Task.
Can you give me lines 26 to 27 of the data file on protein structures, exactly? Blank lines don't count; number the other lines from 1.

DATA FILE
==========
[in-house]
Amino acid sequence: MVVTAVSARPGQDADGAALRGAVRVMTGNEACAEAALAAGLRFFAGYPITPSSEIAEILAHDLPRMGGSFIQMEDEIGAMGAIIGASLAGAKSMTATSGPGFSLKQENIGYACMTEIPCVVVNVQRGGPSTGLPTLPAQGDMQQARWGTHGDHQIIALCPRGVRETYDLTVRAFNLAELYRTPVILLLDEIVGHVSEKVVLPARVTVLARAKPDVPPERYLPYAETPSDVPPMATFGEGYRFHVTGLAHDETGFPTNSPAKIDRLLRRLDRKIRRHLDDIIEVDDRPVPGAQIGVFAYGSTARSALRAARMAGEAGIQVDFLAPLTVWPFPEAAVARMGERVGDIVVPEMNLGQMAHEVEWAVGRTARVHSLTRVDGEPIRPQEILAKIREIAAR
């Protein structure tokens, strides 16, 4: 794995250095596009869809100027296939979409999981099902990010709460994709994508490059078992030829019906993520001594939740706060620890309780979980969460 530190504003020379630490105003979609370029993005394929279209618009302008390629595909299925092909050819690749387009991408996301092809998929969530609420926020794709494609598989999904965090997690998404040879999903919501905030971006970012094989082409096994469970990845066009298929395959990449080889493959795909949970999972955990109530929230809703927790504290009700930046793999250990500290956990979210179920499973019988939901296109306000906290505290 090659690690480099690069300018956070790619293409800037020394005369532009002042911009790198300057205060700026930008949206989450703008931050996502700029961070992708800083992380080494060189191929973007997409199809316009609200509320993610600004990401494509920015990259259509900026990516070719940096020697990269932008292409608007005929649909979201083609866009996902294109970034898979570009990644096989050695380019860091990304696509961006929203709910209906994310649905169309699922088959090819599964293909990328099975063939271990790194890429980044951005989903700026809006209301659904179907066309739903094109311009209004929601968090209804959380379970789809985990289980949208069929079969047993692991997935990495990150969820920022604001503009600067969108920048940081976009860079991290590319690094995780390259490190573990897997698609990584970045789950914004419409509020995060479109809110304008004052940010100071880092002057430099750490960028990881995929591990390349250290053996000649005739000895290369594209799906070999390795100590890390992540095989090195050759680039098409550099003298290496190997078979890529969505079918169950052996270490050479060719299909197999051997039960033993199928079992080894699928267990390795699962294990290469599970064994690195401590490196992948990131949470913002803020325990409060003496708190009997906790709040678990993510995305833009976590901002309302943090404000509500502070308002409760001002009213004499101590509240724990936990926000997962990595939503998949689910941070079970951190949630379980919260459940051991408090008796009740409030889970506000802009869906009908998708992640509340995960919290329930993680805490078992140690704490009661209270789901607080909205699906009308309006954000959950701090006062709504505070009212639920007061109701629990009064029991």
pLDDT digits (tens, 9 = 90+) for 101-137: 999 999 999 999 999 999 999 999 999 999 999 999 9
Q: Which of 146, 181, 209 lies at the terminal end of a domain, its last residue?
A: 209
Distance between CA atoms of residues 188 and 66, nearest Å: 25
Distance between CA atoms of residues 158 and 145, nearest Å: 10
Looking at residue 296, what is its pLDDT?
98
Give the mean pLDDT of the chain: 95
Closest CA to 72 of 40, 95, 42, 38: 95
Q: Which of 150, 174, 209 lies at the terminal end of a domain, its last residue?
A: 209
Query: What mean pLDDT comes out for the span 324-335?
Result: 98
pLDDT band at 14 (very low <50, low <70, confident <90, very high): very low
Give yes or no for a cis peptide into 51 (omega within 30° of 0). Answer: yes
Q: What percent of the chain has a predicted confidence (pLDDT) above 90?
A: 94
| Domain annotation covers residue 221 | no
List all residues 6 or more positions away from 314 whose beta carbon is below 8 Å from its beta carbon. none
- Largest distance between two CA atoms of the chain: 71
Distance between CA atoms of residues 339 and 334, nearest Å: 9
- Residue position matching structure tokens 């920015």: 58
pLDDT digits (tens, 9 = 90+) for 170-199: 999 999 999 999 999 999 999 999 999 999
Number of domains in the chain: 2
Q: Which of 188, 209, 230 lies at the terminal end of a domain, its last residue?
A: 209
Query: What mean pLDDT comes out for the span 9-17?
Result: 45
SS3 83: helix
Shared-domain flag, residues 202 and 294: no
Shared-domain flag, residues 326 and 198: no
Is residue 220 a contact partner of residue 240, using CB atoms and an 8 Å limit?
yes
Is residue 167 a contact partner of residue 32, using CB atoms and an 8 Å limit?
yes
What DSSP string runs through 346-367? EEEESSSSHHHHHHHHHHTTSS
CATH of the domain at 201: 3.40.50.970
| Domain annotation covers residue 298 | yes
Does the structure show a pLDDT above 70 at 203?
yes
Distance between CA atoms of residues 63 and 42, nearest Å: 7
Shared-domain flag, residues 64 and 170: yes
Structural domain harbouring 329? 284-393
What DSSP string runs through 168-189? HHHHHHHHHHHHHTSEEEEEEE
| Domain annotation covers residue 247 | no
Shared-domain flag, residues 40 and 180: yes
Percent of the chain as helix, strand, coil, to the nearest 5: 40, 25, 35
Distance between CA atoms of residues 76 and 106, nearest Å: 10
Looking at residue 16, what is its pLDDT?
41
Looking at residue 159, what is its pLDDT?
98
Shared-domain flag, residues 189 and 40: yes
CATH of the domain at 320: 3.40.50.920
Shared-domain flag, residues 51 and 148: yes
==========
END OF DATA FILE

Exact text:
pLDDT digits (tens, 9 = 90+) for 170-199: 999 999 999 999 999 999 999 999 999 999
Number of domains in the chain: 2